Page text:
Tammy Reed grew up in Farmington Hills, but felt much more at home when she and her family moved to Lansing in 1985.
“I like the people here better,” she said. “They’re calmer, happier and laid back. It’s an easy-going town.”
Having enjoyed working in food service most of her life, Reed found it quite natural when she, her husband Bill and her father Randy decided to open up the first Submarina in Michigan, a restaurant franchise based in southern California. However, Reed knew that when she had her own store, she’d do things differently.
“[With all my food service] experience I thought it was time to open my own store and do it the way I wanted to,” said Reed. “I’ve tried to be more patient with my staff and I’m really a clean freak. I make sure that everything is very clean. I would invite anyone to [take a look at] the back of the restaurant, it’s spotless.”
Her meticulous way of running her store has garnered the successful sub shop many regular customers who come there for the fresh food and friendly smiles.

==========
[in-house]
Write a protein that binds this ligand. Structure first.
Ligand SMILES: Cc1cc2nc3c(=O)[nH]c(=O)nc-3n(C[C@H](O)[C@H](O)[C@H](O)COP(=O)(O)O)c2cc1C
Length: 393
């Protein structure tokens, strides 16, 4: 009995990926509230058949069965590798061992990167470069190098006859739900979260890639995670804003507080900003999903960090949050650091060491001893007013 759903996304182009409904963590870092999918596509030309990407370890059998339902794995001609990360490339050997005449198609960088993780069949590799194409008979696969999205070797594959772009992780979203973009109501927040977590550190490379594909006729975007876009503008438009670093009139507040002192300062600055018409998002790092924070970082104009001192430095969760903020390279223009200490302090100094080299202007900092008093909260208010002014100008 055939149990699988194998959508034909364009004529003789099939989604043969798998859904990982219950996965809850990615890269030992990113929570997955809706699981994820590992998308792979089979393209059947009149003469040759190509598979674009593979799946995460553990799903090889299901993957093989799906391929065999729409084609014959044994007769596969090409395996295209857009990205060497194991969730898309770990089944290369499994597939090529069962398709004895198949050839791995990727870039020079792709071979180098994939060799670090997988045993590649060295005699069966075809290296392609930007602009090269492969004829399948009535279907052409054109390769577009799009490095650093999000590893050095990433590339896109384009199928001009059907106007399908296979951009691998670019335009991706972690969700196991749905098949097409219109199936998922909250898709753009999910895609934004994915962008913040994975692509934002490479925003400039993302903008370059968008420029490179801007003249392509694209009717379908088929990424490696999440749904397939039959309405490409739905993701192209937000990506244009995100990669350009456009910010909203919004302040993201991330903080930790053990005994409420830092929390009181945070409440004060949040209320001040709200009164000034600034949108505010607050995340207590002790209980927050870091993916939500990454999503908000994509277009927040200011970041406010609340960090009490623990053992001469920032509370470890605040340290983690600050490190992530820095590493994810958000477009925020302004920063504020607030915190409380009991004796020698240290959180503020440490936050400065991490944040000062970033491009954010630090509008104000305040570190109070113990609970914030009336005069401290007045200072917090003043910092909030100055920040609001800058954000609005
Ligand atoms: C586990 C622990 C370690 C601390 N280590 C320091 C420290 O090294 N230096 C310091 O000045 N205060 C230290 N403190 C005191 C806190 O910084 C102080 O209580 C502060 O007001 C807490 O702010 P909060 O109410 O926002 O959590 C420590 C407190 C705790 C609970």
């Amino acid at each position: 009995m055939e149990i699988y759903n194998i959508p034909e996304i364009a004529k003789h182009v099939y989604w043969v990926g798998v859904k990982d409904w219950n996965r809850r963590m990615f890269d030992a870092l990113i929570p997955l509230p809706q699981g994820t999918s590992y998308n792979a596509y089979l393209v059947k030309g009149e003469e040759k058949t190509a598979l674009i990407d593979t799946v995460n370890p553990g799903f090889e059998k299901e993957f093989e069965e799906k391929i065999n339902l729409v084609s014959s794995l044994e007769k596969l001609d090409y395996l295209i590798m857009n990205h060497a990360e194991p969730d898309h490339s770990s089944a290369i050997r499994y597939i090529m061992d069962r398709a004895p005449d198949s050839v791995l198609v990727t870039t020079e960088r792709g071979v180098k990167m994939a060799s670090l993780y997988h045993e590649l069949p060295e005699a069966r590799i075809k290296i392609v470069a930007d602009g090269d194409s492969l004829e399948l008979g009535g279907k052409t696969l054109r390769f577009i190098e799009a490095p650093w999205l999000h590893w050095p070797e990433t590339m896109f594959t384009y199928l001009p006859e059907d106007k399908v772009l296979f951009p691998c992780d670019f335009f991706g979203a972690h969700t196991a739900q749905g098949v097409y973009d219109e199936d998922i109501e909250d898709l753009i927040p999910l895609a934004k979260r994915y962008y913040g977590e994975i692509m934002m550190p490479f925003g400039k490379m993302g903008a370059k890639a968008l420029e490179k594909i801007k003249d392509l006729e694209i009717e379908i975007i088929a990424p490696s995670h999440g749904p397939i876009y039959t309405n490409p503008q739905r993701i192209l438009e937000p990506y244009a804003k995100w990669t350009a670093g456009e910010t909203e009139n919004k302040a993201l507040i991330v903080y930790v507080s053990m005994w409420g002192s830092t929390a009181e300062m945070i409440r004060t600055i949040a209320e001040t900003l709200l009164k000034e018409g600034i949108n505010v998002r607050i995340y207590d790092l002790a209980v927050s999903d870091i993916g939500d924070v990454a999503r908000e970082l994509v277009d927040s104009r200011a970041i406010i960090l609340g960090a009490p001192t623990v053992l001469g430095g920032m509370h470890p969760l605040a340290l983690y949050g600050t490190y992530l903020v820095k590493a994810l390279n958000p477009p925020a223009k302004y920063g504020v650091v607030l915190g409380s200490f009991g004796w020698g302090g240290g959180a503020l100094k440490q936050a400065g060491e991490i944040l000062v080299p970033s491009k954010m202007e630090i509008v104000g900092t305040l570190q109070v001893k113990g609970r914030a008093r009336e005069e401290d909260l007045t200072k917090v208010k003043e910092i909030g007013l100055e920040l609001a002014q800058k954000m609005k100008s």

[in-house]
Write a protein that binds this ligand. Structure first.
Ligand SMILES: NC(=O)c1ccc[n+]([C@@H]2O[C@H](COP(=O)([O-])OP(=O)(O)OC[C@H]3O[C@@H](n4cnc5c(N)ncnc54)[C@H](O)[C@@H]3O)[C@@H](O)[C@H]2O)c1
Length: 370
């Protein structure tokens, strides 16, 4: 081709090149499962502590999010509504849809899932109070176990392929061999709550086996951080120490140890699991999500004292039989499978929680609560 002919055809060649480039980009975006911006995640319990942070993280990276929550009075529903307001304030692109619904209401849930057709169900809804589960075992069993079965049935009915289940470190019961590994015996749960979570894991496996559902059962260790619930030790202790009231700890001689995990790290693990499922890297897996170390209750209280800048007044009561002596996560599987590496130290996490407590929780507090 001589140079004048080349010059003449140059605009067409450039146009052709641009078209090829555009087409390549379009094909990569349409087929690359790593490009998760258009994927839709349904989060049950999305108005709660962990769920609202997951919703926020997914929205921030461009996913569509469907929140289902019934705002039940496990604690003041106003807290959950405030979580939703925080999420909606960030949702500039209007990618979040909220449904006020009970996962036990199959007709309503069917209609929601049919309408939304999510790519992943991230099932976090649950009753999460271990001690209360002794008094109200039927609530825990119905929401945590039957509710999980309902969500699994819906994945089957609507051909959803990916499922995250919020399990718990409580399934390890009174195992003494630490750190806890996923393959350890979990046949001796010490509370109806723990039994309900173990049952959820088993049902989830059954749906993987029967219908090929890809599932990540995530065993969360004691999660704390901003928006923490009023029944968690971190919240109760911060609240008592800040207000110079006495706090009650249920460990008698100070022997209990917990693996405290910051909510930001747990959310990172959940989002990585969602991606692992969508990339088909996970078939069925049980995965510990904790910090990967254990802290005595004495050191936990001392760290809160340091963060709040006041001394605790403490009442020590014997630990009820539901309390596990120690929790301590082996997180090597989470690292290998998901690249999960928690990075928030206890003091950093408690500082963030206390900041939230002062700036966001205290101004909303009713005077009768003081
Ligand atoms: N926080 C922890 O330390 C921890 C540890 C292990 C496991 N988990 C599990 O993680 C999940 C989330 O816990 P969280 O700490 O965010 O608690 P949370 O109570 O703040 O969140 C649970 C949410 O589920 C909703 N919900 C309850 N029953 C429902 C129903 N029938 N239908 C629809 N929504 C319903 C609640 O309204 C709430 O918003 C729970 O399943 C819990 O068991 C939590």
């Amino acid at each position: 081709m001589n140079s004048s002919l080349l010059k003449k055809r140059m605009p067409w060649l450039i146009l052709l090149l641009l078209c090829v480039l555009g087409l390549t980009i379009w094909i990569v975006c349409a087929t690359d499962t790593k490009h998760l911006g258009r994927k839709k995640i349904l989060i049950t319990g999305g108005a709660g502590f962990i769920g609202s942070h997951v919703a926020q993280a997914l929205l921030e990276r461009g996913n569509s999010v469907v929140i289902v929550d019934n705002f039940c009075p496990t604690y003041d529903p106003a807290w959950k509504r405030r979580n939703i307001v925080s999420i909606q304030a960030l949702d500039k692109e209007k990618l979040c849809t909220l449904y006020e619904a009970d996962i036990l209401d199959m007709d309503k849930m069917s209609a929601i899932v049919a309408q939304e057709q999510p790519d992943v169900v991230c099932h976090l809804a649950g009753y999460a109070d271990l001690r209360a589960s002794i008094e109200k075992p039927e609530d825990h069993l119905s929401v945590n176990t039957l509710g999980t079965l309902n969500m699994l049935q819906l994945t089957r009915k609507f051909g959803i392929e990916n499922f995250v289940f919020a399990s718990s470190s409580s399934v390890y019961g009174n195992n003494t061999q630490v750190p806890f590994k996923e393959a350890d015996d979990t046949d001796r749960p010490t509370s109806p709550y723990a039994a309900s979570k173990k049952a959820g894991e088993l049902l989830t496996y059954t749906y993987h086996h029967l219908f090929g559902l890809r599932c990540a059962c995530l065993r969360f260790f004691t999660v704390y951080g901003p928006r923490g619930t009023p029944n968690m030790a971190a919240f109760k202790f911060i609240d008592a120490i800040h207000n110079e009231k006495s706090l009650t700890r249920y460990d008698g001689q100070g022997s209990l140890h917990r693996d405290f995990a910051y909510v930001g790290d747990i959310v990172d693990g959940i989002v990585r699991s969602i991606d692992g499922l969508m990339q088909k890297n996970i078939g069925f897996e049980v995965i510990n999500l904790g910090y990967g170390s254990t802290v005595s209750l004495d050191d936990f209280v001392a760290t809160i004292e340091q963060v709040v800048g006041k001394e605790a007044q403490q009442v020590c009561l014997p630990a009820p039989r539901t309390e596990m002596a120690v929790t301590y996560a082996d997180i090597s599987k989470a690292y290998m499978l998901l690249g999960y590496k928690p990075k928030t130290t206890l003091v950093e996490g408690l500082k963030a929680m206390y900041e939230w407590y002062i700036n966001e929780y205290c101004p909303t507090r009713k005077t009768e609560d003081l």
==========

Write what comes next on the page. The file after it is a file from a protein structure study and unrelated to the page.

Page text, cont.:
“We have a lot of regulars, which I feel is the highest form of a compliment,” said Reed.
When she’s not serving up subs, Reed enjoys cooking, entertaining, attending MSU basketball and football games, and spending time with her family.
“My family loves being a part of this, and we try to do a lot of stuff with my kids’ schools and they are pretty proud,” said Reed. “I don’t get a lot of time with them because I work long hours. When I get time I try to make the most of it.” Reed even includes them in her exercise routine.
“I’m really into fitness,” she said. “I love to go to the [YMCA]. My whole family has a membership, so we all like to work out together and stay healthy.”
Being health conscious has also impacted the way she runs Submarina.
“I serve a very fresh product. All the meats and cheeses are top quality and the produce is as fresh as possible, I’m really particular about that,” said Reed. “I think people are leaning toward healthy lifestyles now.”
Reed is in charge of most of what goes on in her store, as she only has two employees on staff. This includes everything from food prep, and store beautification, to ordering, inventory, accounting, marketing and lots of paperwork.
“There are a lot of behind-the-scenes things that people don’t think about,” said Reed. “It was a lot harder than I thought it would be.”
But the hard work and long hours have not deterred her from moving her business forward and planning for the future.
“We’re already expanding and have a concessions contract with Michigan State University, a stand at the Breslin Center and at the stadium,” said Reed, “But I would love to see the business grow and expand even further at some point. I’m happy this happened, I believe in my product, I care about my staff and I’m hopeful for the future.”